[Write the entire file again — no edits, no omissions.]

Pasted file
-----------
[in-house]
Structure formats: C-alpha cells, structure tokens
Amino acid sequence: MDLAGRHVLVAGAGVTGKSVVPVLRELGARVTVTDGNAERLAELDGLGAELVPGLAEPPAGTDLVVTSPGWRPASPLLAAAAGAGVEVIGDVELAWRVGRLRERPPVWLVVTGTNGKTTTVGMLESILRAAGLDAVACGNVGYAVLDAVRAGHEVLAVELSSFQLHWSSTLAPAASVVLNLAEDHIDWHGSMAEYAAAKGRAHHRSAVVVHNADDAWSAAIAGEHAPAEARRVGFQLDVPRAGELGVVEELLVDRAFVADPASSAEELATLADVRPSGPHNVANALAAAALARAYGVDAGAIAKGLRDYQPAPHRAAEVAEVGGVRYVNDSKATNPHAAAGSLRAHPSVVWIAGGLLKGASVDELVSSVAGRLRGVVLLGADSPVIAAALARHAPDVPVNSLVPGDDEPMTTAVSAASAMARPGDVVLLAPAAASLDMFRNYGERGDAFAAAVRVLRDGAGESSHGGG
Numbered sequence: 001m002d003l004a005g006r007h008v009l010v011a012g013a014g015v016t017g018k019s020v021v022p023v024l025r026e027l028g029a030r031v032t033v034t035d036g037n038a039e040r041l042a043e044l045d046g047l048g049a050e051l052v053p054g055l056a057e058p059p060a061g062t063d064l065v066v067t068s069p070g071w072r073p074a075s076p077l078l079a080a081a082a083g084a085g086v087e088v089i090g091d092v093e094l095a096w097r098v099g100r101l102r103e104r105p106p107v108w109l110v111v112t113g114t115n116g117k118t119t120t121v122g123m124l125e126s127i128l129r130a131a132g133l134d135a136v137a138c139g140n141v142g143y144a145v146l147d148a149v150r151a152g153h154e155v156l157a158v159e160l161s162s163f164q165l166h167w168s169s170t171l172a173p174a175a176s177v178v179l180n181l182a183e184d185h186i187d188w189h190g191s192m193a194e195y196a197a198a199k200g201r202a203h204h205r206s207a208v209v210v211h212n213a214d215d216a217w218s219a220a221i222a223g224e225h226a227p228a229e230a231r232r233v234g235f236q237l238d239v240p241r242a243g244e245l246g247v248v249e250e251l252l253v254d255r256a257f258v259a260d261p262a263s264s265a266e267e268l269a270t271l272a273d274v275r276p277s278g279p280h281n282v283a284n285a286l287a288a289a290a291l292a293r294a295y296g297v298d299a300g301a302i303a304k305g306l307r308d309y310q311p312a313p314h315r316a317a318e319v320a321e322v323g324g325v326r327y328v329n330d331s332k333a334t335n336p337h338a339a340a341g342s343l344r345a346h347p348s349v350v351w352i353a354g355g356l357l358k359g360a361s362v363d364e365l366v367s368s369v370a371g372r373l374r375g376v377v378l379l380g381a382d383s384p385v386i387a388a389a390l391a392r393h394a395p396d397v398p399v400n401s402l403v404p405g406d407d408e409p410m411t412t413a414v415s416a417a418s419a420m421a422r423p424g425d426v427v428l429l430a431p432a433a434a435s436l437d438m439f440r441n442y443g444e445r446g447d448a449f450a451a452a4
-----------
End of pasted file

[in-house]
Structure formats: C-alpha cells, structure tokens
Amino acid sequence: MDLAGRHVLVAGAGVTGKSVVPVLRELGARVTVTDGNAERLAELDGLGAELVPGLAEPPAGTDLVVTSPGWRPASPLLAAAAGAGVEVIGDVELAWRVGRLRERPPVWLVVTGTNGKTTTVGMLESILRAAGLDAVACGNVGYAVLDAVRAGHEVLAVELSSFQLHWSSTLAPAASVVLNLAEDHIDWHGSMAEYAAAKGRAHHRSAVVVHNADDAWSAAIAGEHAPAEARRVGFQLDVPRAGELGVVEELLVDRAFVADPASSAEELATLADVRPSGPHNVANALAAAALARAYGVDAGAIAKGLRDYQPAPHRAAEVAEVGGVRYVNDSKATNPHAAAGSLRAHPSVVWIAGGLLKGASVDELVSSVAGRLRGVVLLGADSPVIAAALARHAPDVPVNSLVPGDDEPMTTAVSAASAMARPGDVVLLAPAAASLDMFRNYGERGDAFAAAVRVLRDGAGESSHGGG
Numbered sequence: 001m002d003l004a005g006r007h008v009l010v011a012g013a014g015v016t017g018k019s020v021v022p023v024l025r026e027l028g029a030r031v032t033v034t035d036g037n038a039e040r041l042a043e044l045d046g047l048g049a050e051l052v053p054g055l056a057e058p059p060a061g062t063d064l065v066v067t068s069p070g071w072r073p074a075s076p077l078l079a080a081a082a083g084a085g086v087e088v089i090g091d092v093e094l095a096w097r098v099g100r101l102r103e104r105p106p107v108w109l110v111v112t113g114t115n116g117k118t119t120t121v122g123m124l125e126s127i128l129r130a131a132g133l134d135a136v137a138c139g140n141v142g143y144a145v146l147d148a149v150r151a152g153h154e155v156l157a158v159e160l161s162s163f164q165l166h167w168s169s170t171l172a173p174a175a176s177v178v179l180n181l182a183e184d185h186i187d188w189h190g191s192m193a194e195y196a197a198a199k200g201r202a203h204h205r206s207a208v209v210v211h212n213a214d215d216a217w218s219a220a221i222a223g224e225h226a227p228a229e230a231r232r233v234g235f236q237l238d239v240p241r242a243g244e245l246g247v248v249e250e251l252l253v254d255r256a257f258v259a260d261p262a263s264s265a266e267e268l269a270t271l272a273d274v275r276p277s278g279p280h281n282v283a284n285a286l287a288a289a290a291l292a293r294a295y296g297v298d299a300g301a302i303a304k305g306l307r308d309y310q311p312a313p314h315r316a317a318e319v320a321e322v323g324g325v326r327y328v329n330d331s332k333a334t335n336p337h338a339a340a341g342s343l344r345a346h347p348s349v350v351w352i353a354g355g356l357l358k359g360a361s362v363d364e365l366v367s368s369v370a371g372r373l374r375g376v377v378l379l380g381a382d383s384p385v386i387a388a389a390l391a392r393h394a395p396d397v398p399v400n401s402l403v404p405g406d407d408e409p410m411t412t413a414v415s416a417a418s419a420m421a422r423p424g425d426v427v428l429l430a431p432a433a434a435s436l437d438m439f440r441n442y443g444e445r446g447d448a449f450a451a452a4